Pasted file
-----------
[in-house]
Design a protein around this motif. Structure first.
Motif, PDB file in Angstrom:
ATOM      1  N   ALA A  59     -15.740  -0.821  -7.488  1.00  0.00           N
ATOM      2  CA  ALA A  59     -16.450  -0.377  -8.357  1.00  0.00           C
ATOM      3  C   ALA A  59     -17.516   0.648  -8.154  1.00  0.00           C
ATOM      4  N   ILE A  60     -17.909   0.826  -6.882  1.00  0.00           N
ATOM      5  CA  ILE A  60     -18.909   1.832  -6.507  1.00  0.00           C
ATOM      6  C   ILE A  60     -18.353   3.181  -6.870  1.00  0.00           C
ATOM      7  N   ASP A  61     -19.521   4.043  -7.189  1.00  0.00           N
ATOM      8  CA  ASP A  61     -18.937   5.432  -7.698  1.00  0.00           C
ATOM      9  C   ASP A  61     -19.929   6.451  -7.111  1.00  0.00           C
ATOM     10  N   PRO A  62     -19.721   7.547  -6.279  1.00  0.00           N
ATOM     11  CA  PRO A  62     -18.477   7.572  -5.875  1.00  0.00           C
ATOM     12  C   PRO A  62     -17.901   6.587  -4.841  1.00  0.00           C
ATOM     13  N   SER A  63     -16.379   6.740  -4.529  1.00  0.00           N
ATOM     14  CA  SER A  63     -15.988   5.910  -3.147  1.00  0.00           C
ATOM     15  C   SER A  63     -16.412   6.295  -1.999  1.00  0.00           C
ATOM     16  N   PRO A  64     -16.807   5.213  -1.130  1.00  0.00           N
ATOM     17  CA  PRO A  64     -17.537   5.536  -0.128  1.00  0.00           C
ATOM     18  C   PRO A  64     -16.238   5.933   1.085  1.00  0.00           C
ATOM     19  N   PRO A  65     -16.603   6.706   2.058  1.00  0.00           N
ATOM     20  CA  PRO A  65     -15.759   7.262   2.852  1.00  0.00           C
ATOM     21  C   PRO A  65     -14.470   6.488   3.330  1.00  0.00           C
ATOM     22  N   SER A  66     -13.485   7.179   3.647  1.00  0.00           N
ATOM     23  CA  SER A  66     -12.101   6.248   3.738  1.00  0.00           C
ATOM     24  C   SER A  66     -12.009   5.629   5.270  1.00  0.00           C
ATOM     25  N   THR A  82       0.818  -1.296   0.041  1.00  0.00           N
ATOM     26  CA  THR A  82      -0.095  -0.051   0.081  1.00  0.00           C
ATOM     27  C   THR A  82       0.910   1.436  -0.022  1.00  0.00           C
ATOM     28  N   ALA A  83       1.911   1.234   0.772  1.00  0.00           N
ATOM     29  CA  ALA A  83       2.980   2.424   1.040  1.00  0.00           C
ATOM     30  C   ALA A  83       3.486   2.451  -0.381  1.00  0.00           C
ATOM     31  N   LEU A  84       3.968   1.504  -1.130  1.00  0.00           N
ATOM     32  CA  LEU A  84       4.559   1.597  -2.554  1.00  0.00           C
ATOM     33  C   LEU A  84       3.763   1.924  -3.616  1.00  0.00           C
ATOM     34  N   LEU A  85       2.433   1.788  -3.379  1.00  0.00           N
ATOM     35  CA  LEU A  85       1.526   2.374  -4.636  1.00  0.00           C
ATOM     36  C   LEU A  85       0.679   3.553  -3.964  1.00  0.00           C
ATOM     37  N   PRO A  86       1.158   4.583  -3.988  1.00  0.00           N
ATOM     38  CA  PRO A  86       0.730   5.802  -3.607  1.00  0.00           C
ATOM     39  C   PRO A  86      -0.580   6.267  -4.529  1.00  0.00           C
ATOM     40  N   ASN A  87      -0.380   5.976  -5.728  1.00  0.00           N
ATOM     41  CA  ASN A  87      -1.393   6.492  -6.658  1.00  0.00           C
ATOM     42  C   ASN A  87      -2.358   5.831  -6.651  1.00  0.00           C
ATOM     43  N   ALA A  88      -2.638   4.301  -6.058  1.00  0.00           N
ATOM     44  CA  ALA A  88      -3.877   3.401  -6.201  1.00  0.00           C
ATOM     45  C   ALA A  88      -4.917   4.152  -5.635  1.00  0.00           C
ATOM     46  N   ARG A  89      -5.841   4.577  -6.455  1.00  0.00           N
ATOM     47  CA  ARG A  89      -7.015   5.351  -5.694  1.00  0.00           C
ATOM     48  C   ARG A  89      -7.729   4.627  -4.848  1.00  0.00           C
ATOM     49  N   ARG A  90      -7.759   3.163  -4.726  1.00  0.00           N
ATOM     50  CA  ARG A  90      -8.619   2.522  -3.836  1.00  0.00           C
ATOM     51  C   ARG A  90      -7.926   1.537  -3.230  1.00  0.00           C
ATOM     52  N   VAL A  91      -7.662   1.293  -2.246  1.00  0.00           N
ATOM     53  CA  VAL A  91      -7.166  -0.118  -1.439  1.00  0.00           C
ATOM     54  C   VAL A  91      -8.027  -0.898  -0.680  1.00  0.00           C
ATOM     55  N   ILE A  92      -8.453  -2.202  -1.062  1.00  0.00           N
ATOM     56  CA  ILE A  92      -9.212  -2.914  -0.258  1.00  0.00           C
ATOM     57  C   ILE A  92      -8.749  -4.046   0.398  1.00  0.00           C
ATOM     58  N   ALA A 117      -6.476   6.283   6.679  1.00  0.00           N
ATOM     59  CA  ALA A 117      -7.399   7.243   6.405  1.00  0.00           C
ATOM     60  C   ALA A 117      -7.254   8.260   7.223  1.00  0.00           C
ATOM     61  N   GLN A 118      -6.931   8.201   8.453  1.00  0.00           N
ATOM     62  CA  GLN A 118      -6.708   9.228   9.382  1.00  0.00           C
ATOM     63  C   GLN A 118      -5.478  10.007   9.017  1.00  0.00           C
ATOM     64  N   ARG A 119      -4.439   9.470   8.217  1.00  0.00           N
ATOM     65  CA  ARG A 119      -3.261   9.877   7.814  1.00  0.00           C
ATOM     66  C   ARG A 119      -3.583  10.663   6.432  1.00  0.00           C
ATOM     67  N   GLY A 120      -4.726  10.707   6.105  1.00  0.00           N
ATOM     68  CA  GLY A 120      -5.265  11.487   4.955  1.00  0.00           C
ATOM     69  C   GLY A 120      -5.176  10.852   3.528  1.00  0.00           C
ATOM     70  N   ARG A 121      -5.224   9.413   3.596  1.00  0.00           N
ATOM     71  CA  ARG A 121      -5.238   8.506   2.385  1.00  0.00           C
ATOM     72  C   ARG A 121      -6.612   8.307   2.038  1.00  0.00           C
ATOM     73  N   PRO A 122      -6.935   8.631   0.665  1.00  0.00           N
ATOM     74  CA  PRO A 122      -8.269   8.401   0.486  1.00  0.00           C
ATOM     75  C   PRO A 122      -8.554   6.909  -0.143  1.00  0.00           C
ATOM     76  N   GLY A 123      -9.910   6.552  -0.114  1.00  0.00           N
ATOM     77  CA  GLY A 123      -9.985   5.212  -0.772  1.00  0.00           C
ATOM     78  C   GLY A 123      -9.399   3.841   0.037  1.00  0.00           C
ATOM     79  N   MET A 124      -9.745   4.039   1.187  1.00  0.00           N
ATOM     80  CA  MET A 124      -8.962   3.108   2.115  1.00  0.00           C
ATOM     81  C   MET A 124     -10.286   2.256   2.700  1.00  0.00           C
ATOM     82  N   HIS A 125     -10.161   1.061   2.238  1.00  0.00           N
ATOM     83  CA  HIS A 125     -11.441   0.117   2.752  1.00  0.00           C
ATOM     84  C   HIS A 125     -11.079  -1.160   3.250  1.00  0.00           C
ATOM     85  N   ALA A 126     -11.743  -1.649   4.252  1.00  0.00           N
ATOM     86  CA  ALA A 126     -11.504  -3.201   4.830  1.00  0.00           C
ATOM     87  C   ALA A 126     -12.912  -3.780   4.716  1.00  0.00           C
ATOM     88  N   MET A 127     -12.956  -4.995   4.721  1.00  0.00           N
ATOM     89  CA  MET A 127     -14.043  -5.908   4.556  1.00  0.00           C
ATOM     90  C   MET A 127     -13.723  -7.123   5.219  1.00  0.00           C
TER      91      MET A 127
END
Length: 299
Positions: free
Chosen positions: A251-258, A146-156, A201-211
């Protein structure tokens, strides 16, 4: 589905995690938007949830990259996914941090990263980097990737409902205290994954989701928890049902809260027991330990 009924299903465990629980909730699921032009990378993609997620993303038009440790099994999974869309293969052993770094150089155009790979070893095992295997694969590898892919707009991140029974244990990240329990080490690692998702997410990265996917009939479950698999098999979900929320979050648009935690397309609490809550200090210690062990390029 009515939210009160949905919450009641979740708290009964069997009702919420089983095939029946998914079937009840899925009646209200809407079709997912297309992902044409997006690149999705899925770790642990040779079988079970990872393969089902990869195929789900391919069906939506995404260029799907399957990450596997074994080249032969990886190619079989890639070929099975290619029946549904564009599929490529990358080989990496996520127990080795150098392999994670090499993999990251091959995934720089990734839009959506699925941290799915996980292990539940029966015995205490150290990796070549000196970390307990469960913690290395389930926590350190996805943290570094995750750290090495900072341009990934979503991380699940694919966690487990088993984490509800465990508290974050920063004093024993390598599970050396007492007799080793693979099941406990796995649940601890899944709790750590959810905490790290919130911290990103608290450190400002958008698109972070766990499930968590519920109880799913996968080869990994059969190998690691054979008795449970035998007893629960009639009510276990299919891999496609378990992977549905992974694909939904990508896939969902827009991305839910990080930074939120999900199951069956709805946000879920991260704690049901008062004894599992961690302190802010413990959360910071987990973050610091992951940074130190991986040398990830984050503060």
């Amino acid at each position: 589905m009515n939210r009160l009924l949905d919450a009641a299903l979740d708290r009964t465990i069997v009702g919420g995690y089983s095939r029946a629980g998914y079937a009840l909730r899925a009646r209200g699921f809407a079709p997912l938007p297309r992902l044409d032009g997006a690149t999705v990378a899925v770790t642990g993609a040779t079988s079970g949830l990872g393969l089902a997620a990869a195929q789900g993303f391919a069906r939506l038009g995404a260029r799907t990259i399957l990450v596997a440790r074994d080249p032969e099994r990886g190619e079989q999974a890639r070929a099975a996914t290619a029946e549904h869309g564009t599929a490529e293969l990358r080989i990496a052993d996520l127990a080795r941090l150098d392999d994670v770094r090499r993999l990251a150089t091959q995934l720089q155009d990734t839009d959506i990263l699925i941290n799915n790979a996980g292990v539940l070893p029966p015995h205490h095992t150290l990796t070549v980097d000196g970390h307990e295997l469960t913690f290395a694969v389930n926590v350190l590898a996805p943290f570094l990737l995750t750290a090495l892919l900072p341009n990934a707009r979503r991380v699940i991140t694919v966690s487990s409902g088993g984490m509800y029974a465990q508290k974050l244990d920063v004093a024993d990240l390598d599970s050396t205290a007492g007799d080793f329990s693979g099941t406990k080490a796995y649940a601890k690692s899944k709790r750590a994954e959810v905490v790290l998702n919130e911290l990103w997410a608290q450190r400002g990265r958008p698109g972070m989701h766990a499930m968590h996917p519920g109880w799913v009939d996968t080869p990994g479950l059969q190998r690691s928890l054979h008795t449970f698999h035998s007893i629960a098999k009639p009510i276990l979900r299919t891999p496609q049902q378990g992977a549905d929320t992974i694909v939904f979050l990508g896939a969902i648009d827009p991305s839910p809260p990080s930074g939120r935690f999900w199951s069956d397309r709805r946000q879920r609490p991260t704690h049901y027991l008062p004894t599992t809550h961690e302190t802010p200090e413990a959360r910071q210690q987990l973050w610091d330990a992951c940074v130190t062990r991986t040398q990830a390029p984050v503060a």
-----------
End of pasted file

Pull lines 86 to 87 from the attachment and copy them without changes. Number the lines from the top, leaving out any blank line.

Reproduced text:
ATOM     83  CA  HIS A 125     -11.441   0.117   2.752  1.00  0.00           C
ATOM     84  C   HIS A 125     -11.079  -1.160   3.250  1.00  0.00           C